Conclusion Top


MRSA is highly prevalent among populations of S. aureus isolated from different ENT clinical specimens in different hospitals in Khartoum State, with most of the MRSA isolates being from ear infections. Highest antibiotic sensitivity to MRSA was meropenem, imipenem, and ceftazidime. Risk factors such as hypertension, diabetes, steroid use, and COPD have weak contribution to MRSA, where asthma and previous admission have a stronger contribution to MRSA.

Recommendations

The study recommended a clinical and cost-effective rapid screening methods such as PCR for MRSA detection and more studies should be carried out to determine the sensitivity and clinical effectiveness of different screening strategies for considering patients free from MRSA carriage.

Financial support and sponsorship

Nil.

Conflicts of interest

There are no conflicts of interest.



 
  References Top

1.
Robb PJ, Bendig J. Prevalence of MRSA in elective day case pediatric ENT surgical patients. Int J Pediatr Otorhinolaryngol 2010; 74:1430–1431.  Back to cited text no. 1
    
2.
Ringberg H, Peterson AC, Walder M, Johansson PJH. The throat: an important site for MRSA colonization. Scand J Infect Dis 2006; 38:888–893.  Back to cited text no. 2
    
3.
Suliman FE. Etiology of ear infection among Sudanese patients attending Khartoum Ear, Nose and Throat Hospital [doctoral dissertation]. Sudan: Sudan University of Science & Technology; 2015.  Back to cited text no. 3
    
4.
Elimam MA, Rehan S, Elmekki MA, Elhassan MM. Emergence of vancomycin resistant and methcillin resistant Staphylococus aureus in patients with different clinical manifestations in Khartoum State, Sudan. J Am Sci 2014; 10:106–110.  Back to cited text no. 4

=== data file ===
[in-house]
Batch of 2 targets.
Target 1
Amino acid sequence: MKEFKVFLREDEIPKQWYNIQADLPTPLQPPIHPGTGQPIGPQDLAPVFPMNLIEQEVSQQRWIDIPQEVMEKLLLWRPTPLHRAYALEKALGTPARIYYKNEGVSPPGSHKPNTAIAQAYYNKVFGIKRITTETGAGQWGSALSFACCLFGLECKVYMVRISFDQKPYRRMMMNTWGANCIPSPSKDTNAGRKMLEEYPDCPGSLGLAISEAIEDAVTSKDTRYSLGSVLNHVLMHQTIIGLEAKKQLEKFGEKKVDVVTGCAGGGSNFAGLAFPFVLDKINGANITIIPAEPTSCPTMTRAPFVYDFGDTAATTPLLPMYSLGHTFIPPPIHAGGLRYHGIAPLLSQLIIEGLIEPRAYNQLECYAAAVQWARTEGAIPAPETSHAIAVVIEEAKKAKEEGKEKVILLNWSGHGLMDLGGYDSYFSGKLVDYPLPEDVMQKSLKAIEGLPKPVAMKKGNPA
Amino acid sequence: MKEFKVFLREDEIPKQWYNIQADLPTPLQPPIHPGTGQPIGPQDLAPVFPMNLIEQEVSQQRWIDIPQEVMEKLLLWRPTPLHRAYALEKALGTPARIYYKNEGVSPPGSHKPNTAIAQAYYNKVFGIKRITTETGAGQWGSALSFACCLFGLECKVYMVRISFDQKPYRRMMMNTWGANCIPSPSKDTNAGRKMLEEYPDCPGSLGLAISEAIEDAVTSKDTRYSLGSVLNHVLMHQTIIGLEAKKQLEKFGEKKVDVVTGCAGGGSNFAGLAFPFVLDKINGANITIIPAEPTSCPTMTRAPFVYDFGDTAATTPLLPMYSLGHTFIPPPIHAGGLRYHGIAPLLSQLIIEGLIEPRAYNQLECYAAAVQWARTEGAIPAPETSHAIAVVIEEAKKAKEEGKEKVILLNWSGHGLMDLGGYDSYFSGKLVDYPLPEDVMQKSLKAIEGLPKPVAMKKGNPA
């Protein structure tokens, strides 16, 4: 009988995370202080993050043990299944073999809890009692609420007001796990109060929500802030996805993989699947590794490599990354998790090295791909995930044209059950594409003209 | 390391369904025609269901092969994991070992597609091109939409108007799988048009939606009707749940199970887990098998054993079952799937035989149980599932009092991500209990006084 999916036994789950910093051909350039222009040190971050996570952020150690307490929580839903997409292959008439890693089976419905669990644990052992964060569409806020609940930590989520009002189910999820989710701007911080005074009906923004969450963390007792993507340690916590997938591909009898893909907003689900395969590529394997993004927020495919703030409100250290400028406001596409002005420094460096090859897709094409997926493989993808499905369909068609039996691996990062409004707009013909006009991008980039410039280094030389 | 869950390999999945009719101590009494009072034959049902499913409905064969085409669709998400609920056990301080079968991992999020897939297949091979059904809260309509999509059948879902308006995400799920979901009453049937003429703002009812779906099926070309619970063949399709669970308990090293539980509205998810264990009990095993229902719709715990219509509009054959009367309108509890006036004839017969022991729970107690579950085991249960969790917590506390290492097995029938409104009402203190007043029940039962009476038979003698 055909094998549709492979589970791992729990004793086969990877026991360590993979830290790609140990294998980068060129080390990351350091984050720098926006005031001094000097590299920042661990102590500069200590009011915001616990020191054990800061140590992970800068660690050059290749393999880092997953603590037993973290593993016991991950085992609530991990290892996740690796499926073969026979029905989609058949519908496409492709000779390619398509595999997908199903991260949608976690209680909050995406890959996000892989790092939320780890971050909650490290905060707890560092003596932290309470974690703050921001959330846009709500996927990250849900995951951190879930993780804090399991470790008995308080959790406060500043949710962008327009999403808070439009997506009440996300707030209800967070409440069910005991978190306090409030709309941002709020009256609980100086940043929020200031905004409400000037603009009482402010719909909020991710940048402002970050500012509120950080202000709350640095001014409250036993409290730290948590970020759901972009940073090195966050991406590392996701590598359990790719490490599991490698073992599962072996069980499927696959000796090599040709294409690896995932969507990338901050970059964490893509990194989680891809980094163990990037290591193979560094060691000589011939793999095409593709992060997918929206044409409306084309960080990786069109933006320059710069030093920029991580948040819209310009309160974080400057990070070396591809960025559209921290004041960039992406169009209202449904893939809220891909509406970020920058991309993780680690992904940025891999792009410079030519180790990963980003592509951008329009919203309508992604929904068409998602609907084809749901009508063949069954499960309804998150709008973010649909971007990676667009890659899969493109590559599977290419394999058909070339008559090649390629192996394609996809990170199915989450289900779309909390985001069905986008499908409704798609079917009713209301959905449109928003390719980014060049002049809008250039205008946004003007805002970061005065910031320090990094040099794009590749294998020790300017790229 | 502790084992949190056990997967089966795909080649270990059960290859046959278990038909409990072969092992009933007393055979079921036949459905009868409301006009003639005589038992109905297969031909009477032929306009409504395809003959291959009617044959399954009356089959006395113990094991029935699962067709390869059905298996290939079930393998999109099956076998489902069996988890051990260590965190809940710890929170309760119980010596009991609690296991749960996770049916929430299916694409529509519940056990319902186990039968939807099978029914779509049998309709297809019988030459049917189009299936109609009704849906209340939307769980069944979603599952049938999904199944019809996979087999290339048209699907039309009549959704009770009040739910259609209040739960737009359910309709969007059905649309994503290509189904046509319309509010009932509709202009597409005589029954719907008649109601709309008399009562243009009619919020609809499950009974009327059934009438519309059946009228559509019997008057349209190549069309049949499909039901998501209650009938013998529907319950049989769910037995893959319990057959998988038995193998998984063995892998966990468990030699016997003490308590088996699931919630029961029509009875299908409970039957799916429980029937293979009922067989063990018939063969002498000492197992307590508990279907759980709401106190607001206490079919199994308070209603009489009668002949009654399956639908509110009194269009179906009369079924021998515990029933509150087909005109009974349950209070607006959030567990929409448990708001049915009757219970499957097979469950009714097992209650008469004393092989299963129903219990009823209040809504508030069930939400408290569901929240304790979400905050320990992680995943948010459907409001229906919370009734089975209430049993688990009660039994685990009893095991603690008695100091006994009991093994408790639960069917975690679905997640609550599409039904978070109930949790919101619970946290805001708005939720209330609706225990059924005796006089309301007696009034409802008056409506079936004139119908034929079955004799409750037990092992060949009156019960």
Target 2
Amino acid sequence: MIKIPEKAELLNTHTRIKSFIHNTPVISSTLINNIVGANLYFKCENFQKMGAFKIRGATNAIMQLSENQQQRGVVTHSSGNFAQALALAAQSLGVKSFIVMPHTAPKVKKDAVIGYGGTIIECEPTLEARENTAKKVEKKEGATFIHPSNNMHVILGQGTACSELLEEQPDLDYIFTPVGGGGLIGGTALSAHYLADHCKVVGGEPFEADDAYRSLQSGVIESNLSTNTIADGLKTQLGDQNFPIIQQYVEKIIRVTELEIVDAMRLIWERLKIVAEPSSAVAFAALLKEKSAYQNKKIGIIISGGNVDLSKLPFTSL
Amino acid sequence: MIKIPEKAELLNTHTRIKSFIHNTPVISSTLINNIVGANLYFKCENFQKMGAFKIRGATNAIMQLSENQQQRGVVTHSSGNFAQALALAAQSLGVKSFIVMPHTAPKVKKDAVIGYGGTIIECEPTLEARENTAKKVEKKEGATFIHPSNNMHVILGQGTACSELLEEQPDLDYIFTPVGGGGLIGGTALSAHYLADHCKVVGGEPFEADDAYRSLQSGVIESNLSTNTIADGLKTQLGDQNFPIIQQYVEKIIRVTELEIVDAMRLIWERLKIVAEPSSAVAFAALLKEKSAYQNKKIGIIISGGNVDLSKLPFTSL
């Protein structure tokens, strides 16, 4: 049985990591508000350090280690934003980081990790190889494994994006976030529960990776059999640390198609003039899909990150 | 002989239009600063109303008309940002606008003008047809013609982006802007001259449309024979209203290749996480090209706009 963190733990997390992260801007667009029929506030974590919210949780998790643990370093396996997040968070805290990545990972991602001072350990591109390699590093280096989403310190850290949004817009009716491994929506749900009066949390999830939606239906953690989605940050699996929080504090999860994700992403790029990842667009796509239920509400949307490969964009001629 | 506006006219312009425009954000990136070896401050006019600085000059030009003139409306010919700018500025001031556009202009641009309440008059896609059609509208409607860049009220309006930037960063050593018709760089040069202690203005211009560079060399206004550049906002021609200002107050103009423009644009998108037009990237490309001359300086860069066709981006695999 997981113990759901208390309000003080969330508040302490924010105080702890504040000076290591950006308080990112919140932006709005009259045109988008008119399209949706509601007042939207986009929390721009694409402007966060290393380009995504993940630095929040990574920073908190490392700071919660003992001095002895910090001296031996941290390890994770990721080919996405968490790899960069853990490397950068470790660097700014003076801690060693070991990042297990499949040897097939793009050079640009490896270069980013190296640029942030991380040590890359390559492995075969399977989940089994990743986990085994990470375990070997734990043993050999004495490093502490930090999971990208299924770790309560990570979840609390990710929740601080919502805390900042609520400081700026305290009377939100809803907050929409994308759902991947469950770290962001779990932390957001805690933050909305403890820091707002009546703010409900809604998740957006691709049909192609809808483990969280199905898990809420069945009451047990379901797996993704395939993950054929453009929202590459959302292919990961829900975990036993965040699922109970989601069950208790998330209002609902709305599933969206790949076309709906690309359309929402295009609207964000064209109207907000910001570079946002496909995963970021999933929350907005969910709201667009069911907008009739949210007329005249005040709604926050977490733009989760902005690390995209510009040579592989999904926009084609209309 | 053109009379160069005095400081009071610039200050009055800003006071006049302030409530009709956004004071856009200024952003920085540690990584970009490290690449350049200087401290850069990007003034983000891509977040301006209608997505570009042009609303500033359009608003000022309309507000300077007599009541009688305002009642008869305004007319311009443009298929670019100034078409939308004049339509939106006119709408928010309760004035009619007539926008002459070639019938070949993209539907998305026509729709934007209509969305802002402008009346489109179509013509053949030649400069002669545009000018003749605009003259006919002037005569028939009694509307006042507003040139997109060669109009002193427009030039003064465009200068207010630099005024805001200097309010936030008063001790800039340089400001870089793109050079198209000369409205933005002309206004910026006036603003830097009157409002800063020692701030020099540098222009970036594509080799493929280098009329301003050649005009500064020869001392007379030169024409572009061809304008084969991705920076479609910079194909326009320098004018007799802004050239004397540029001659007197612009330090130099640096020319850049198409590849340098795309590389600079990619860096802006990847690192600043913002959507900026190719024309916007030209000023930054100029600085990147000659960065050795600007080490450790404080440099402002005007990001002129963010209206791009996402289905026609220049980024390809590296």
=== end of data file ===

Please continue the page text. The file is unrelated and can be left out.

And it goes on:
5.
Mukhtar AM, Saeed HA. Profile of antibiotic sensitivity and resistance of some pathogenic bacteria isolated from clinical specimens in Sudan. J Sci Technol 2011; 12:14–19.  Back to cited text no. 5
    
6.
Yagoub M, Sulieman S. Bacterial etiology of acute otitis media among children attending Khartoum Ear Nose Throat Teaching Hospital in 2014. Microbiology Research International 2017; 5:25–9.  Back to cited text no. 6
    
7.
Coello R, Glynn JR, Gaspar C, Picazo JJ, Fereres J. Risk factors for developing clinical infection with methicillin-resistant Staphylococcus aureus (MRSA) amongst hospital patients initially only colonized with MRSA. J Hosp Infect 1997; 37:39–46.  Back to cited text no. 7
    
8.
Thirumazhisi Sachithanandam S. Rising methicillin-resistant Staphylococcus aureus infections in ear, nose, and throat diseases. Case Rep Otolaryngol 2014; 2014:253945.  Back to cited text no. 8
    
9.
Choi HG, Park KH, Park SN, Jun BC, Lee DH, Yeo SW. The appropriate medical management of methicillin-resistant Staphylococcus aureus in chronic suppurative otitis media. Acta Otolaryngol 2010; 130:42–46.  Back to cited text no. 9
    


    Figures

  [Figure 1], [Figure 2], [Figure 3], [Figure 4], [Figure 5]



 

Top
 
 
  Search
 
Similar in PUBMED
   Search Pubmed for
   Search in Google Scholar for
 Related articles
Access Statistics
Email Alert *
Add to My List *
* Registration required (free)

 
  In this article
Abstract
Introduction
Patients and methods
Results
Discussion
Conclusion
References
Article Figures

 Article Access Statistics
    Viewed237    
    Printed4    
    Emailed0    
    PDF Downloaded25    
    Comments [Add]    

Recommend this journal


[TAG2]
[TAG3]
[TAG4]